September is National Food Safety Education Month. It's a time to call attention to the importance of handling our food safely to prevent illness. This year's promotion highlights four myths that are common among consumers.
Myth: Leftovers are safe to eat until they smell bad.
Fact: Most people would not choose to eat spoiled, smelly food. However, if they did, they would not necessarily get sick. This is because there are different types of bacteria, some of which cause illness in people and others that don't. The types of bacteria that do cause illness do not affect the taste smell, or appearance of food. For this reason it is important to freeze or toss refrigerated leftovers within 3-4 days. If you are unsure of how long the leftovers have been sitting in the refrigerator, don't take the risk -- when in doubt, throw it out!
Myth: I use bleach and water to sanitize my countertops and the more bleach I use the more bacteria I kill.
Fact: There is no advantage to using more bleach. In fact, overuse of bleach can be harmful because it is not safe to consume. To create a sanitizing solution it is recommended that you use 1 tablespoon of unscented liquid bleach per gallon of water. Flood the countertop with the solution, allow it to sit for a few minutes, then pat with clean, dry paper towels or allow to air dry. Any leftover sanitizing solution can be stored, tightly covered, for up to one week. After that, the bleach has lost its effectiveness.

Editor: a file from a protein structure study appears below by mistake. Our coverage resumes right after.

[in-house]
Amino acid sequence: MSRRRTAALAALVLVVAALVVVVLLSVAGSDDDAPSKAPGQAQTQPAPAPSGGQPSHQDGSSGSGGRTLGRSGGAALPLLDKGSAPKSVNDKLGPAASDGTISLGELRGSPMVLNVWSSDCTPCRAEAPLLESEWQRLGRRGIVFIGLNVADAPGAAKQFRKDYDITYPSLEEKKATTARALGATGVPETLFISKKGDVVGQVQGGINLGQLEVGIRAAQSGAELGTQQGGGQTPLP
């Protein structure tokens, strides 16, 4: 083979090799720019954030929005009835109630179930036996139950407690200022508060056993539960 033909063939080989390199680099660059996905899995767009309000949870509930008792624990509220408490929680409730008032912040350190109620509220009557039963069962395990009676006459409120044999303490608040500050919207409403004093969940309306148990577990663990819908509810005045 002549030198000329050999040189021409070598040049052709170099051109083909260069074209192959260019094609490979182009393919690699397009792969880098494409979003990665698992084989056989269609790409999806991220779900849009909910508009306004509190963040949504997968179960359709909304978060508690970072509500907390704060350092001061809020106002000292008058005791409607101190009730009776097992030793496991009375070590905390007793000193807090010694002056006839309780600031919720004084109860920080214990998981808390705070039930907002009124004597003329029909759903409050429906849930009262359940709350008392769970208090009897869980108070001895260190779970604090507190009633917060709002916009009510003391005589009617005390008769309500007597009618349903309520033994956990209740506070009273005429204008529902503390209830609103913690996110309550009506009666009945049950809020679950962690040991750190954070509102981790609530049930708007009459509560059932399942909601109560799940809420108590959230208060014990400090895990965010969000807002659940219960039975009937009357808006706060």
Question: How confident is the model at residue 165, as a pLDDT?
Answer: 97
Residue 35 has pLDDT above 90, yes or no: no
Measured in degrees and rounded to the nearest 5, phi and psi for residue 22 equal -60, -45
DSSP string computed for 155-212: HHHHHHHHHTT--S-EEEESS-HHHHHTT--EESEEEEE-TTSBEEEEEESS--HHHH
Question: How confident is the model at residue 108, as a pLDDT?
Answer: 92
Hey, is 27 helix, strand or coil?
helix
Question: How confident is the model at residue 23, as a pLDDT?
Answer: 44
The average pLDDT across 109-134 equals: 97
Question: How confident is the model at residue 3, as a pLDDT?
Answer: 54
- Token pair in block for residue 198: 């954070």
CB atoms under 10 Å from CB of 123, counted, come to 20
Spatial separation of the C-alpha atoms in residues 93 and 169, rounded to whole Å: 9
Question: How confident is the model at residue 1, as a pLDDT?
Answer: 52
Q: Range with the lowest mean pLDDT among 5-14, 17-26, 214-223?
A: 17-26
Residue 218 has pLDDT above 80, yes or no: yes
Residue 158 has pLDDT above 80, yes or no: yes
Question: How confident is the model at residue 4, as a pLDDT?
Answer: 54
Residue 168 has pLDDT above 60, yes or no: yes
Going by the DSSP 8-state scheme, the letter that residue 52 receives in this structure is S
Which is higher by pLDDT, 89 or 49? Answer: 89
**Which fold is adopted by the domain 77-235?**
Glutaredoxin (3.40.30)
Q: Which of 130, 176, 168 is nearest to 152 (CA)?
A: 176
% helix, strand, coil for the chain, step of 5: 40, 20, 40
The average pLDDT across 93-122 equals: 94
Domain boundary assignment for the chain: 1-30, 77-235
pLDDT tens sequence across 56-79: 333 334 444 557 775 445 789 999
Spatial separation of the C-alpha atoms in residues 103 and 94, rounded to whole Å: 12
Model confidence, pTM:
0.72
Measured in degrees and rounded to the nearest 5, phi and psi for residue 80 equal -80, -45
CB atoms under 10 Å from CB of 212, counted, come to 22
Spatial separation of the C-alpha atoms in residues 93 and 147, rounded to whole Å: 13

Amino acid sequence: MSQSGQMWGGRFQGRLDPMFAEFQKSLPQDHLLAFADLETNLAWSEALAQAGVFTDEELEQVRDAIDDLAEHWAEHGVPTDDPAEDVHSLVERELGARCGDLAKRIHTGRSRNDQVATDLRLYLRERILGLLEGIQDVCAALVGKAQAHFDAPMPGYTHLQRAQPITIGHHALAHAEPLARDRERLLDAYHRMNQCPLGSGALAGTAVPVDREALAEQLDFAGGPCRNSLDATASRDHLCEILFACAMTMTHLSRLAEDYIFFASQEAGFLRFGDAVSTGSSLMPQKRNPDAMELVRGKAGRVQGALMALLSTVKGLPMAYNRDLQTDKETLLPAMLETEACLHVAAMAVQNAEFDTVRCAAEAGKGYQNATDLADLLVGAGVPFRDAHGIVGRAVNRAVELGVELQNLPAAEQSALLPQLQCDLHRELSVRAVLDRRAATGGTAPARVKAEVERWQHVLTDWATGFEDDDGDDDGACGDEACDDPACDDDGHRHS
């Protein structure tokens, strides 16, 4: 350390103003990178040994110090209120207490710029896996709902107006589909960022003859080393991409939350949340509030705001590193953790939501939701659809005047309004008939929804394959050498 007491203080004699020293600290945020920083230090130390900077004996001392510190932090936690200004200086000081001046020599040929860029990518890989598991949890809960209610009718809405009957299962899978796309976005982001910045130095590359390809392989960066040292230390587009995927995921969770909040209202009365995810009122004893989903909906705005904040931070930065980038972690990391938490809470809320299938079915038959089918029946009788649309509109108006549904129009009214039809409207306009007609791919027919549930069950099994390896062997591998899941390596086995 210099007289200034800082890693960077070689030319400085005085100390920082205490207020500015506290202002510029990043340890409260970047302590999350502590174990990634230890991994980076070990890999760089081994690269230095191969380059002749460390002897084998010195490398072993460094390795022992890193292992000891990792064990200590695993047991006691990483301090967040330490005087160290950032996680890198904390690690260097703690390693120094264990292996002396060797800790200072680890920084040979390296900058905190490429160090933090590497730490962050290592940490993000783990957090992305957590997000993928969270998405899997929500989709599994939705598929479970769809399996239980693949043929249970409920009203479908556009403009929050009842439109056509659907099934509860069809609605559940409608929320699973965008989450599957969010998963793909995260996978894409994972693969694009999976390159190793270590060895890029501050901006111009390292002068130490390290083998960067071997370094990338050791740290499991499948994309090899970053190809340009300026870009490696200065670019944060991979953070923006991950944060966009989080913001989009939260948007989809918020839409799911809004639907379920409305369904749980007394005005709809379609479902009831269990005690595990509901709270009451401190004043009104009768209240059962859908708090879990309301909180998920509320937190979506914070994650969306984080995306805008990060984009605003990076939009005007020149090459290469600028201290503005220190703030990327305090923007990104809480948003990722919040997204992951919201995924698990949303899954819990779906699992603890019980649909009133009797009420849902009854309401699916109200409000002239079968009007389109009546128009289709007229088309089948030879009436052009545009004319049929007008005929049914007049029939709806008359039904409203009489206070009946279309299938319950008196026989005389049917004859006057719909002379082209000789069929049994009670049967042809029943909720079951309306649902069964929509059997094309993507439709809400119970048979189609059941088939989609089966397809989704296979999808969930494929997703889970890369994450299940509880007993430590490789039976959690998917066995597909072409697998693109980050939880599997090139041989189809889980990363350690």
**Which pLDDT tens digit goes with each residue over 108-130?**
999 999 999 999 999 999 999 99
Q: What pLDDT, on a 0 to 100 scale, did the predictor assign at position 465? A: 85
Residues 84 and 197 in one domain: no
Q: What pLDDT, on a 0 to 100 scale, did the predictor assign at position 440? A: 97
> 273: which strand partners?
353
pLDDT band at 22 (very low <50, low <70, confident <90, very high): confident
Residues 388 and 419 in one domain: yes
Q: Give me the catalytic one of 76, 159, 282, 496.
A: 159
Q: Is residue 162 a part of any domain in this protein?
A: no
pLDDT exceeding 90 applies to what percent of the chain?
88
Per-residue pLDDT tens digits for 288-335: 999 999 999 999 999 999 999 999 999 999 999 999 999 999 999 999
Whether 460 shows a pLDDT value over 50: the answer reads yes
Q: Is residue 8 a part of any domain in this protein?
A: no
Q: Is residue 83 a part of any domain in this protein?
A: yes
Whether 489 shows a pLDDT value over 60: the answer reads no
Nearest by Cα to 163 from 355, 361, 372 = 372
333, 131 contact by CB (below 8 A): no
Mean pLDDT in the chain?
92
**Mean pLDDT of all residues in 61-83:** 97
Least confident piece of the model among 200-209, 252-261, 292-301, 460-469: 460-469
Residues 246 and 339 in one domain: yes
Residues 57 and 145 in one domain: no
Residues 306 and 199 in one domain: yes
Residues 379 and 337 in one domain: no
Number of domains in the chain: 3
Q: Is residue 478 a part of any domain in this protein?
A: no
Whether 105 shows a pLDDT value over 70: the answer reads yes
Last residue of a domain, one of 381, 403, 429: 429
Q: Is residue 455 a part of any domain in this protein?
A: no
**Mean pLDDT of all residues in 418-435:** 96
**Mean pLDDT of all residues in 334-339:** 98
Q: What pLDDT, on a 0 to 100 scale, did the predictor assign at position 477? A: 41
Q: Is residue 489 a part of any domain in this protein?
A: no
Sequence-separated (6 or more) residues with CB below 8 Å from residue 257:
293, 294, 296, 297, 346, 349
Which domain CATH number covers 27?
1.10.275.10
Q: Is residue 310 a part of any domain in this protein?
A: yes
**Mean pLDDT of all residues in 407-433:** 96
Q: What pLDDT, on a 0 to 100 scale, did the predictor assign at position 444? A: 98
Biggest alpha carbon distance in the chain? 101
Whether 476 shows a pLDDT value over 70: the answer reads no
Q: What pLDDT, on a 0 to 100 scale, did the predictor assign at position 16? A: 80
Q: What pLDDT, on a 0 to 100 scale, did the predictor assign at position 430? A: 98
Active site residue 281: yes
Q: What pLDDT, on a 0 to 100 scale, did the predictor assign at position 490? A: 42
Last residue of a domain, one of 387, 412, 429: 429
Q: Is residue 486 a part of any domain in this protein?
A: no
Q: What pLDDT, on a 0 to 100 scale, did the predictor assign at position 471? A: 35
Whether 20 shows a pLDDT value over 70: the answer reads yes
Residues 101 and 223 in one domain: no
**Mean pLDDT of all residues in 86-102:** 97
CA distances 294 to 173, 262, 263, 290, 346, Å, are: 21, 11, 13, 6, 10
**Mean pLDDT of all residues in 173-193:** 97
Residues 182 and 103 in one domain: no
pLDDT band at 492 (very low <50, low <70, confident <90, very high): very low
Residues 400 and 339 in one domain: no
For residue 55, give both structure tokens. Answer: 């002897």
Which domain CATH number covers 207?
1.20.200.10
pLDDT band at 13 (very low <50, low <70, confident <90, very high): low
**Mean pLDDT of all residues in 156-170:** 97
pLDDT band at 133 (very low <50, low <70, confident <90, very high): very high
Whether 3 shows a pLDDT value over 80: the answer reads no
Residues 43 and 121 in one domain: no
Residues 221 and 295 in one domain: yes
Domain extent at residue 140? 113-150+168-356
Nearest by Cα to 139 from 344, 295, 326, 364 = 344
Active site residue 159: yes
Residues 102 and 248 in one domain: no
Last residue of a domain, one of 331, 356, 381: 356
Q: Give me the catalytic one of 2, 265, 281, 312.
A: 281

Myth: I don't need to wash my produce if I am going to peel it.
Fact: You should wash fresh fruits and vegetables under running tap water just before eating, cutting, or cooking. Harmful bacteria could be on the outside of the produce. If you peel or cut it without first washing it the bacteria could be transferred to the part you eat. Wash delicate produce such as grapes or lettuce under cool running water. Blot dry with a clean cloth towel or paper towel. Rub firm-skin fruits and vegetables under running tap water or scrub with a clean produce brush. Never use detergent or bleach to wash fresh fruits or vegetables. These products are not intended for consumption.
Myth: The stand time recommended for microwaveable foods is optional; it's just so you don't burn yourself.
Fact: Stand time is not about cooling the microwaved food. Rather it is an important part of the cooking process. Stand times are usually just a few minutes and the time is necessary to bring the food to a safe internal temperature as measured with a food thermometer. To ensure safety with microwave cooking, always read and follow package instructions, know your microwave's wattage, and use a food thermometer to ensure food has reached a safe internal temperature.
Remember the four basic messages for food safety -- chill, clean, separate, and cook.
* Chill. Refrigerate promptly.
* Clean. Wash hands and surfaces often.
* Separate. Don't cross-contaminate.
* Cook. Cook to proper temperature as measured with a food thermometer.
Americans have a very safe food supply. We can all do our part to keep food safe by handling it properly. More information on safe handling of food is available at www.fightbac.org.
Editor's Note: Ann Ludlum is a K-State Research and Extension family and consumer sciences and 4-H extension agent assigned to Bourbon County. She may be reached at (620) 223-3720 or firstname.lastname@example.org.